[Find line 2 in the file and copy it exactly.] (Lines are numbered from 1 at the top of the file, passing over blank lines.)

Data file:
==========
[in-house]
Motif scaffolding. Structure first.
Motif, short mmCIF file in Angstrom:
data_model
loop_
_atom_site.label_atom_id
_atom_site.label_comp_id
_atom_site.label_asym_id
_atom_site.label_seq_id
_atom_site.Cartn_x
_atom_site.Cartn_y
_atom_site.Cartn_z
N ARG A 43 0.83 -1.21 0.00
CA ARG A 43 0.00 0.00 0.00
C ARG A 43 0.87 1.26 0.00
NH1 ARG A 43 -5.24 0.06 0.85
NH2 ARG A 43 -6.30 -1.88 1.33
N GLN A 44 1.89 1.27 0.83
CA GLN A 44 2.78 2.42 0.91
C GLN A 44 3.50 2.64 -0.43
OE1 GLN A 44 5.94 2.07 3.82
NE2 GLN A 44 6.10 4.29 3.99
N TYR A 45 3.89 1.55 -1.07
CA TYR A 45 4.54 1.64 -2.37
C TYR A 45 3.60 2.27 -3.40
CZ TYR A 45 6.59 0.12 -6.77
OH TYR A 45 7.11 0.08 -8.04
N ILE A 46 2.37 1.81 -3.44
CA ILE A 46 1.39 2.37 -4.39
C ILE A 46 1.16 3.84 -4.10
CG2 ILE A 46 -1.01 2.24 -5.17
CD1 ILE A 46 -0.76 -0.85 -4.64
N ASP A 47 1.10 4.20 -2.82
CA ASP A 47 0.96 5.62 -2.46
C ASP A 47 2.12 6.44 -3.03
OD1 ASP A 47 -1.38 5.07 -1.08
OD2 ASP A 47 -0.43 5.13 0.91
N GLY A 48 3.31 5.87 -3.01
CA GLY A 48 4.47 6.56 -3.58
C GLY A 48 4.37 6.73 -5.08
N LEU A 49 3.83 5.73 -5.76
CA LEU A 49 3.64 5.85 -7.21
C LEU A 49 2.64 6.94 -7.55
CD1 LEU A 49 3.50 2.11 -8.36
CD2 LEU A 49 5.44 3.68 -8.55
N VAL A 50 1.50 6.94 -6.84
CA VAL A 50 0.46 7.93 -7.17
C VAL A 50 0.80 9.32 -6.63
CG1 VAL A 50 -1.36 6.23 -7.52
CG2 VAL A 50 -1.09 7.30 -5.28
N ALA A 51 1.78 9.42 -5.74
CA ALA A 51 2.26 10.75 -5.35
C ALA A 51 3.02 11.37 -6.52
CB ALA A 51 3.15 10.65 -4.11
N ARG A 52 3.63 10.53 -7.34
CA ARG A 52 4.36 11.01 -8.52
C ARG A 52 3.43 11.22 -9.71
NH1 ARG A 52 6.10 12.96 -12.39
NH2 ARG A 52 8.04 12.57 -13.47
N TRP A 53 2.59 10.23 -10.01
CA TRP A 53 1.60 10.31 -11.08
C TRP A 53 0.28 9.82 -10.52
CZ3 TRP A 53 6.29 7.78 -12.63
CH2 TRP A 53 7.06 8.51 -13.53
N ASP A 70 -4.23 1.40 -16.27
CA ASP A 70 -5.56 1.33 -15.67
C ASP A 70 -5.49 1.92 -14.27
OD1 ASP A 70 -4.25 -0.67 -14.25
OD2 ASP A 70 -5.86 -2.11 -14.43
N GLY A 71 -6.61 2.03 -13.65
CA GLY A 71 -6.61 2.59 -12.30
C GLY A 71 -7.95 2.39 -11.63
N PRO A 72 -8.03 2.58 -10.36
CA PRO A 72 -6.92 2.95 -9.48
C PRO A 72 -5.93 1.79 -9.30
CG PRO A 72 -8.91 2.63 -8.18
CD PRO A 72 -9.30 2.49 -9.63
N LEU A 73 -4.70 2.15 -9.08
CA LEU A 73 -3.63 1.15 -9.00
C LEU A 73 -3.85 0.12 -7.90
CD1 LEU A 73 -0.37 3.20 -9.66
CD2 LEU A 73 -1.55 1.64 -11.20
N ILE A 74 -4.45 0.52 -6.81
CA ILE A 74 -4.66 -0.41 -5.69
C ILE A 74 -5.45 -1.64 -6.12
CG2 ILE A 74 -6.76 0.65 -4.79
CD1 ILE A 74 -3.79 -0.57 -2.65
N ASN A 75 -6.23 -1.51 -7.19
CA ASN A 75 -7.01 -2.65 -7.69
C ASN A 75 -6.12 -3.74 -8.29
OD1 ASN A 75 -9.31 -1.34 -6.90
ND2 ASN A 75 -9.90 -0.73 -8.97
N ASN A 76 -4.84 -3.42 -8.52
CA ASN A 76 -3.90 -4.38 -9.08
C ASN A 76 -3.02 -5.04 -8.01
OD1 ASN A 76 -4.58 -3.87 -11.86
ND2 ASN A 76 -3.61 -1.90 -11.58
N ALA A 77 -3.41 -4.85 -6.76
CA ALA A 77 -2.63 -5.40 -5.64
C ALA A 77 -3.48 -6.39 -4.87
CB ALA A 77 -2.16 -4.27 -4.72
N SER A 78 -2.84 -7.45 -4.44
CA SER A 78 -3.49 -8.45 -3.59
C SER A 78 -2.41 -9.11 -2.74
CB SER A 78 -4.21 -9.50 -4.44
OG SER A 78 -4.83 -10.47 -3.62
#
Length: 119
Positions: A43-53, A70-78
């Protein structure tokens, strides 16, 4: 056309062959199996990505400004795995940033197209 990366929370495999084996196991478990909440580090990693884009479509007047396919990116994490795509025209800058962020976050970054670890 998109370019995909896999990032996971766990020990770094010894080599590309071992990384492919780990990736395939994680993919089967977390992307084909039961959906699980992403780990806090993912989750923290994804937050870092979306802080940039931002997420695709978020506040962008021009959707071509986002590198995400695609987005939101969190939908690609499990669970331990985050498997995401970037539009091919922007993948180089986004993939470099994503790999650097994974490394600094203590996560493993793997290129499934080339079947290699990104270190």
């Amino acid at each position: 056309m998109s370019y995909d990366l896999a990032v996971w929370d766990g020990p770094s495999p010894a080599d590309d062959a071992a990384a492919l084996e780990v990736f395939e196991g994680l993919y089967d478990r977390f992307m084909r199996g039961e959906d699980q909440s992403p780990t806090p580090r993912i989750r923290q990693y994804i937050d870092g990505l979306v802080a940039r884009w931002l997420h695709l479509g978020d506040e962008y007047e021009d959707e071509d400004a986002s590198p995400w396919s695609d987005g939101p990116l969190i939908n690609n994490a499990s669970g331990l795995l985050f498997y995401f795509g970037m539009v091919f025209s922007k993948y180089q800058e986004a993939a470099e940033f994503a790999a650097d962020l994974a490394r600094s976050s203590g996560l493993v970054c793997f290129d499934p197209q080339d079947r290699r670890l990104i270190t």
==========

Motif scaffolding. Structure first.